Aires is a haven for paranoia and confusion in Argentinian
writer-director Benjamin Naishtat's mesmerizing debut "History
of Fear," though its title is something of a misnomer. Rather than
chronicling the timeline of the listless quality that characterizes
Argentina's suburban class -- and, by extension, those around the world
-- "History of Fear" hypnotically sets its gaze on the present. Borrowing
the beats of a disaster movie without ever giving the invisible threat a
name, Naishtat explores the tenuous constructs that allow a subset of
the population to deny the harsher ingredients of the world beyond their
safety zone -- until it's thrust right in front of them.
The movie begins with a master shot that establishes its
theme upfront: a sweeping helicopter shot that tracks the short distance
between the suburbs in the northern part of town to the less fortified dwellings of the lower class. The image is contrasted with a
series of seemingly tranquil events that abruptly turn sour, most
notably an older man playing catch with a child who suddenly cusses out
his elder. Similar disruptions define the cryptic first act.
mapped out the geography of the region, Naishtat and cinematographer
Soledad Rodriguez mostly focus on closed spaces and the manias resulting
from them (with ample nods to Michael Haneke), particularly with regard
to the gated community where the story unfolds: A police officer is
suddenly assaulted by mud flung at his car
from an unseen assailant; a teen and his mother encounter a naked man
attempted to infiltrate their vehicle; at a fast food restaurant, a
young patron suddenly gets down on all fours and behaves like a rabid
animal. Elevators jam and the power goes out. What gives? "History of
Fear" does a better job asking that question than answering it, but the
interrogation provides a continual source of fascination.
Each ominous event deepens the atmospheric dread as it registers on
various characters' faces, the palpable sense of unease steadily
coalescing into this experimental narrative's provocative raison d'etre.
Its plot unfolds like a feature length riff on the subterranean reveal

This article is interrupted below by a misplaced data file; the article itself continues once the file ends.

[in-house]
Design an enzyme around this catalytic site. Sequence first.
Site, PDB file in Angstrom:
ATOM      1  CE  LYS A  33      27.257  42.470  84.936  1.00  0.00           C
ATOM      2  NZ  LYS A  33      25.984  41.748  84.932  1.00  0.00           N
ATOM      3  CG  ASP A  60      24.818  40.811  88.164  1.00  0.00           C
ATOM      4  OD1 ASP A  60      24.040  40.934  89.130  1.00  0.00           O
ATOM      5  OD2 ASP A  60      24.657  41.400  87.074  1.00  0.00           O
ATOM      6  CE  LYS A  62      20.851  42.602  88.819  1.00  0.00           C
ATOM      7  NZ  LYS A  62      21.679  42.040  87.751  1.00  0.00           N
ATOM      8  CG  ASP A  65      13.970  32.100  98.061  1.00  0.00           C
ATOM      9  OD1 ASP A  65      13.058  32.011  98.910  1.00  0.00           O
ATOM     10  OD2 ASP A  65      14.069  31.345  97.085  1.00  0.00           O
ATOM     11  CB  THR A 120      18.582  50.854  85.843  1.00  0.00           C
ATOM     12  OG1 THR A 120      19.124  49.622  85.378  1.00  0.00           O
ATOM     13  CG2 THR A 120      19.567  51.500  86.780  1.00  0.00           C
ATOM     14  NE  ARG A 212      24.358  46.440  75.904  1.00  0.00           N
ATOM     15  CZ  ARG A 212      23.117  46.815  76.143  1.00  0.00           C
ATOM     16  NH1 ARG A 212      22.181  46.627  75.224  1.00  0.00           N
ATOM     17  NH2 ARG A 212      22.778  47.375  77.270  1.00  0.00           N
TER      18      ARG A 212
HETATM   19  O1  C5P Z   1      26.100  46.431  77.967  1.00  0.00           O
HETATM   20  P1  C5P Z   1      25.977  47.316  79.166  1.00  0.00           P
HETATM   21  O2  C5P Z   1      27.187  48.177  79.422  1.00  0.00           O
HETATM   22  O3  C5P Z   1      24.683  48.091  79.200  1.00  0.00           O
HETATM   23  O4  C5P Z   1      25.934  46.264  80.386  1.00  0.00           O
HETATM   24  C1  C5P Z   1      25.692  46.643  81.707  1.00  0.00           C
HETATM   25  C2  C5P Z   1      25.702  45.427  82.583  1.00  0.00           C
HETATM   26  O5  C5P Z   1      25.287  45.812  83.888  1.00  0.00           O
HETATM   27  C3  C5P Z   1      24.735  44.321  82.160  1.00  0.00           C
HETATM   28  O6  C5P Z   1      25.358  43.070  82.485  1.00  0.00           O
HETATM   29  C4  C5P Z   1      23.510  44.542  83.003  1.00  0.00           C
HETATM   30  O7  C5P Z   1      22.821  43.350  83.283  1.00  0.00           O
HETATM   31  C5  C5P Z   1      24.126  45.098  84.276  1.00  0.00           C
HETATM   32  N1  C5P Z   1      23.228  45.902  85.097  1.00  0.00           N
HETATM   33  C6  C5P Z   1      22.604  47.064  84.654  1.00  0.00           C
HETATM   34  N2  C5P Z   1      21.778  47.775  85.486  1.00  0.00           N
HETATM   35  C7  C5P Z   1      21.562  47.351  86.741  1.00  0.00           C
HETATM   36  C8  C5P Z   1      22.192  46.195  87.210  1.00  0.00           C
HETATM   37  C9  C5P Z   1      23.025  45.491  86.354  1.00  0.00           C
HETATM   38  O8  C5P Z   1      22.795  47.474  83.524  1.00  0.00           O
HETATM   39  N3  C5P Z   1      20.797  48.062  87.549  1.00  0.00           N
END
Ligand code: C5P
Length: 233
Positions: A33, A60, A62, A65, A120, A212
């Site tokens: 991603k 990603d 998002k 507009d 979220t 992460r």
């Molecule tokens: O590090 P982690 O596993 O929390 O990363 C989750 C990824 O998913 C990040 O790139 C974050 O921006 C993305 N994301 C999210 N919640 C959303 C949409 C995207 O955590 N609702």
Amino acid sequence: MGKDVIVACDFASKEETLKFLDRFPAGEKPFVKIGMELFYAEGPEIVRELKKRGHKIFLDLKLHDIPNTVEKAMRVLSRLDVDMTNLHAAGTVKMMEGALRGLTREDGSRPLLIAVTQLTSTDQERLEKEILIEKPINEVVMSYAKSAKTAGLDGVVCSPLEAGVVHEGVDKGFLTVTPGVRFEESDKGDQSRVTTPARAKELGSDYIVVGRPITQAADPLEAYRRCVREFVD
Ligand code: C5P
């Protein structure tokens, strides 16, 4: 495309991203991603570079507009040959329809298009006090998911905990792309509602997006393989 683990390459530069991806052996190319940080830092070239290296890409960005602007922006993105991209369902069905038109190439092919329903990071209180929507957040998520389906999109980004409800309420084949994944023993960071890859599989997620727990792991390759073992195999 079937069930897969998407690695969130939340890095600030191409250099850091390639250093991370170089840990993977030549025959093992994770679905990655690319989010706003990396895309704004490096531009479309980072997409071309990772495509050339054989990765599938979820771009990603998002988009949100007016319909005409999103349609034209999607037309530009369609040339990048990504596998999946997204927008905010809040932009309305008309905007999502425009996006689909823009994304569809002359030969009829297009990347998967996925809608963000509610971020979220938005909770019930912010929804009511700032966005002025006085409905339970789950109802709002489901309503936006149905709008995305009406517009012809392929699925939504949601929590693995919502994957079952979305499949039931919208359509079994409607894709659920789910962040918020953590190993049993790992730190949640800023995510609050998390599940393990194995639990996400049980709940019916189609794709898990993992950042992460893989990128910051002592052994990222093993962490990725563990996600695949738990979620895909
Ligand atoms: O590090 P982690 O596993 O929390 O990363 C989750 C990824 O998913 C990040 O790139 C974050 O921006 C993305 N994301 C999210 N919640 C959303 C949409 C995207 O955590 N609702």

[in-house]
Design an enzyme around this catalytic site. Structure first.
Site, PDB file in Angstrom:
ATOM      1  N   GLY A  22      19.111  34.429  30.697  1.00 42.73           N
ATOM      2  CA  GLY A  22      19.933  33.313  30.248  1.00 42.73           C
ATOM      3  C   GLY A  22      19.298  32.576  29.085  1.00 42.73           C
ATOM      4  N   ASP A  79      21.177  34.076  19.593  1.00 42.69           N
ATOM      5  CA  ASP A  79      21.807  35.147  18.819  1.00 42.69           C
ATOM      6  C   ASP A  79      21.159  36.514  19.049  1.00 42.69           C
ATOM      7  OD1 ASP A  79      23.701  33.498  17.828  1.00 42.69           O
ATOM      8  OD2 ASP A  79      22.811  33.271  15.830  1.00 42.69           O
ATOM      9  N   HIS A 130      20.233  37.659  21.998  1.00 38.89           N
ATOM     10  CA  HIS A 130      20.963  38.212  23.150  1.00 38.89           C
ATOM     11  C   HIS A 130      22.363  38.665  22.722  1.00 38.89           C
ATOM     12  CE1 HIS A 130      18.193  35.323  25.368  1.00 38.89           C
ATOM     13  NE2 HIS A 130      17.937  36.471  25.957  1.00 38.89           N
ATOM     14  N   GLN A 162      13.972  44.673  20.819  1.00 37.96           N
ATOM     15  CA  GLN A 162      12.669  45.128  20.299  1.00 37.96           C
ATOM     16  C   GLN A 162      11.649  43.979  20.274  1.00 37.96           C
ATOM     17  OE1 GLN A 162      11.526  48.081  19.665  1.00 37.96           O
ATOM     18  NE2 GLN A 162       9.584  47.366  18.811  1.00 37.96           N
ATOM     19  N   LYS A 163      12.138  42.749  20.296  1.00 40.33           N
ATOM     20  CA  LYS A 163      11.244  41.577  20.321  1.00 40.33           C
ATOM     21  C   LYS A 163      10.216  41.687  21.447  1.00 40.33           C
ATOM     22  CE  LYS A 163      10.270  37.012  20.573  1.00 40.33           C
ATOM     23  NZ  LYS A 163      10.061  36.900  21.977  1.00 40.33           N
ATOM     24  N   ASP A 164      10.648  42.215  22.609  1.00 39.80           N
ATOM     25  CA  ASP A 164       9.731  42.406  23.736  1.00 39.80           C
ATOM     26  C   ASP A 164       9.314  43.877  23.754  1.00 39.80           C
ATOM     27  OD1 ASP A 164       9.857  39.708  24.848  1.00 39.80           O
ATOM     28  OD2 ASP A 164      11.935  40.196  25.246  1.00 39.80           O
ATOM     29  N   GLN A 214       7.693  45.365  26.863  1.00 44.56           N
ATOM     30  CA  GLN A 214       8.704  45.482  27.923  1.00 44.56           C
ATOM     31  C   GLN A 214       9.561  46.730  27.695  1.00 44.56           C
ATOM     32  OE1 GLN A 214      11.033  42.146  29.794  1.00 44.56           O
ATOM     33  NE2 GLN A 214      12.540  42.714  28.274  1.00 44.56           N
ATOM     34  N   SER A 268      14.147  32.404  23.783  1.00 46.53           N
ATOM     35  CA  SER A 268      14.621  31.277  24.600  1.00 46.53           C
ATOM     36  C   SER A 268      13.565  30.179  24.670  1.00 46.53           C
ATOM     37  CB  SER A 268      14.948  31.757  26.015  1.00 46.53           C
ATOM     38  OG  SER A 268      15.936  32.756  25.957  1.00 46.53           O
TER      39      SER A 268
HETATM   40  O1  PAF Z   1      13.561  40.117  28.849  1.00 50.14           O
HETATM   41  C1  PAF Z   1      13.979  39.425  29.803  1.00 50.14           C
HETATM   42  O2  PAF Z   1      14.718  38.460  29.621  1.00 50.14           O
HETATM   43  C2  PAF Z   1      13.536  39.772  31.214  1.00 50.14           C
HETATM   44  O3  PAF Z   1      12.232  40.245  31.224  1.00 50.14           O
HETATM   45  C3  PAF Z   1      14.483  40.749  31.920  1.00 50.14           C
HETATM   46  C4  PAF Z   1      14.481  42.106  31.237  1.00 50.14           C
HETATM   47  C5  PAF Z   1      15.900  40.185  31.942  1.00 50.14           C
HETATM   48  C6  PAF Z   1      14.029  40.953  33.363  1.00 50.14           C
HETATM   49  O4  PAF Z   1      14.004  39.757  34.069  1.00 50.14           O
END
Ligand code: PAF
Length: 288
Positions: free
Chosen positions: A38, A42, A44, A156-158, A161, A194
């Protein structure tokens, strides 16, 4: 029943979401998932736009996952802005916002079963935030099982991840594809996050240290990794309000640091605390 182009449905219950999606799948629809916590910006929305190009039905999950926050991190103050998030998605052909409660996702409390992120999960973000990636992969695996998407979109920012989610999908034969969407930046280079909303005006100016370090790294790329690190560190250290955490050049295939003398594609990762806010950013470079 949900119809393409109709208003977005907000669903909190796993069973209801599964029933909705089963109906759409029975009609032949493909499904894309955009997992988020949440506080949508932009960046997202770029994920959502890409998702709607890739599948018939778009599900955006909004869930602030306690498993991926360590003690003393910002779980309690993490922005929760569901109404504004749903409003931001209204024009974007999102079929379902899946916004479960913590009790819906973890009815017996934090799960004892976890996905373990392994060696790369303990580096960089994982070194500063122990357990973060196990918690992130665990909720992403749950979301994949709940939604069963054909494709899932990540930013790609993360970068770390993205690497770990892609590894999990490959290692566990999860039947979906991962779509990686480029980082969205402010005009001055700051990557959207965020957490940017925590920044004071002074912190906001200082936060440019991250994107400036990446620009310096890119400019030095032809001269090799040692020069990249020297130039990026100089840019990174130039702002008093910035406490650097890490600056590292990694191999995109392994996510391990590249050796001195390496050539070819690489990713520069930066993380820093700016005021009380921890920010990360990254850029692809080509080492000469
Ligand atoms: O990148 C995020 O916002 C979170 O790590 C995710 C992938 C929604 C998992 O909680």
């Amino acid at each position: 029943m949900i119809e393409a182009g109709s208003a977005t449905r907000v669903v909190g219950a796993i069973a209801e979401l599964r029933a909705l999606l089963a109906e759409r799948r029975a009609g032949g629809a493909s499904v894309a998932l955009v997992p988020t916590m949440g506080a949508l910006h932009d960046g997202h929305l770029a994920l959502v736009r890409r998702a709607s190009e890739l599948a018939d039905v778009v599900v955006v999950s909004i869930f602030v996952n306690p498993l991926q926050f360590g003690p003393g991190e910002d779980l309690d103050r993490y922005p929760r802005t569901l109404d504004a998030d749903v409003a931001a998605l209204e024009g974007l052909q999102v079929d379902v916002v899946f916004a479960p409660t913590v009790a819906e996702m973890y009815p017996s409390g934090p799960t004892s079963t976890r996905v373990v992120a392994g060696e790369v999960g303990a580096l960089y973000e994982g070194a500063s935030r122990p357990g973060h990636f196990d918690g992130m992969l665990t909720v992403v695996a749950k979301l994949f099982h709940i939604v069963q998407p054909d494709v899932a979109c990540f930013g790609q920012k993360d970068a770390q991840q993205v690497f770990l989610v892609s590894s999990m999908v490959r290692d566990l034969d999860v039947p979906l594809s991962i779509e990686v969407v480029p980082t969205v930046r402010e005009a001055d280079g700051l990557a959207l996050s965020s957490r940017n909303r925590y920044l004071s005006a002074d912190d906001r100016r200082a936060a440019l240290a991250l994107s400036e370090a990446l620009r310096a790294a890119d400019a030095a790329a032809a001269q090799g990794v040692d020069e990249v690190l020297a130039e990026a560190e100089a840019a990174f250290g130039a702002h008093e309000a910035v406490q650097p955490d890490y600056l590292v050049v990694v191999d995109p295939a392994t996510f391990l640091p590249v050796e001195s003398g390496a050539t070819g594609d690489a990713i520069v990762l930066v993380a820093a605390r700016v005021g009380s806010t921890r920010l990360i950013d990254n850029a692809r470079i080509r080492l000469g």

at the beginning of David Lynch's "Blue Velvet,"
when the camera ventures beneath a neatly tempered lawn to discover the
monstrous insects lurking beneath it. But in "History of Fear," the
bugs are a phantom presence lurking in the protagonists' collective
Which is not to say they've been completely reduced to
symbols. The principle recurring character, Carmilo, is a fastidious
young man engaged in a curious project recording others as they describe
their fears. The director has said that this beguiling centerpiece was
inspired by video artist Bruce Nauman's 1985 installation work "Good
Boy, Bad Boy," in which multiple subjects recited the lines "I am a good
boy, I am a bad boy" over and over again until the assertions achieved a
heightened chaos. The series of events in "History of Fear"
achieve a similar effect. Later, when Carmilo sits around the table with
various relatives (each of whom has encountered strange incidents over
the course of the first act), he engages them in a game of naming their
greatest hopes (what they'd like "to be and have"). None of them are
especially capable of providing a practical response. "History of Fear"
hovers in their state of uncertainty.
With so many fragmentary pieces in play, the movie can't
possibly reach a satisfying whole. The intellectual drive of its concept
maintains a gripping effect, but also creates the anticipation of a
bigger takeaway that never quite arrives, even as its mysteries are ripe
for analysis. Like last year's "Neighboring Sounds" from nearby Brazil,
another critique of suburbia enacted with a disquieting mood, Naishtat
hovers in the unknown feelings afflicting his subjects. And even without
answering every question, he does manage to arrive at a tangibly
engaging climax, with fireworks over the area uniting the entire ensemble,its beauty clashing with a visceral shock value -- as if the
mounting dread has finally broken through the illusion of tranquility. The lasting impression is that the
locals have been oblivious to the darkness surrounding them to the point
where they can't possibly understand it -- and neither can we.
Criticwire Grade: B+HOW WILL IT
Commercial prospects are limited, but the film should enjoy a
strong festival run and may find a solid response as a specialty release
due to its critical perspective.